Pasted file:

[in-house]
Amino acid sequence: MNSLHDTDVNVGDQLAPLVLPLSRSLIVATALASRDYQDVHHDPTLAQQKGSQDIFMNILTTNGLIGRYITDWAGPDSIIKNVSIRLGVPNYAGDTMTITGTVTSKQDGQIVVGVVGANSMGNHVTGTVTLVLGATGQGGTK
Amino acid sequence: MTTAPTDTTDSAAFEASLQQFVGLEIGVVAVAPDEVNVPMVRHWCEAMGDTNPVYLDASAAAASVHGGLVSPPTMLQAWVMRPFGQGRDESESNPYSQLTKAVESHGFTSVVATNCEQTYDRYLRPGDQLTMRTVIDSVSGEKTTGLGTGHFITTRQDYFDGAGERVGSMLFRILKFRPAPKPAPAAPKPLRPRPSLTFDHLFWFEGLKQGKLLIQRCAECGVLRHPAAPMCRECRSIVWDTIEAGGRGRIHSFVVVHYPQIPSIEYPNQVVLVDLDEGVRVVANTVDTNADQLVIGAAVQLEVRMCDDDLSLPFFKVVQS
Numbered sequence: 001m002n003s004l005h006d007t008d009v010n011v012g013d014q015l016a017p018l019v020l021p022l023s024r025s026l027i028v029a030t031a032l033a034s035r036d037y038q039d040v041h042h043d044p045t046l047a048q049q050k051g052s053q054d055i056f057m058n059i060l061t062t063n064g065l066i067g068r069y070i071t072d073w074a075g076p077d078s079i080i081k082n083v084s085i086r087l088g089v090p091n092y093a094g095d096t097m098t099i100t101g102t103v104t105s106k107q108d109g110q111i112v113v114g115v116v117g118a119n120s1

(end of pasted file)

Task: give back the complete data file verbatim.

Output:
[in-house]
Amino acid sequence: MNSLHDTDVNVGDQLAPLVLPLSRSLIVATALASRDYQDVHHDPTLAQQKGSQDIFMNILTTNGLIGRYITDWAGPDSIIKNVSIRLGVPNYAGDTMTITGTVTSKQDGQIVVGVVGANSMGNHVTGTVTLVLGATGQGGTK
Amino acid sequence: MTTAPTDTTDSAAFEASLQQFVGLEIGVVAVAPDEVNVPMVRHWCEAMGDTNPVYLDASAAAASVHGGLVSPPTMLQAWVMRPFGQGRDESESNPYSQLTKAVESHGFTSVVATNCEQTYDRYLRPGDQLTMRTVIDSVSGEKTTGLGTGHFITTRQDYFDGAGERVGSMLFRILKFRPAPKPAPAAPKPLRPRPSLTFDHLFWFEGLKQGKLLIQRCAECGVLRHPAAPMCRECRSIVWDTIEAGGRGRIHSFVVVHYPQIPSIEYPNQVVLVDLDEGVRVVANTVDTNADQLVIGAAVQLEVRMCDDDLSLPFFKVVQS
Numbered sequence: 001m002n003s004l005h006d007t008d009v010n011v012g013d014q015l016a017p018l019v020l021p022l023s024r025s026l027i028v029a030t031a032l033a034s035r036d037y038q039d040v041h042h043d044p045t046l047a048q049q050k051g052s053q054d055i056f057m058n059i060l061t062t063n064g065l066i067g068r069y070i071t072d073w074a075g076p077d078s079i080i081k082n083v084s085i086r087l088g089v090p091n092y093a094g095d096t097m098t099i100t101g102t103v104t105s106k107q108d109g110q111i112v113v114g115v116v117g118a119n120s1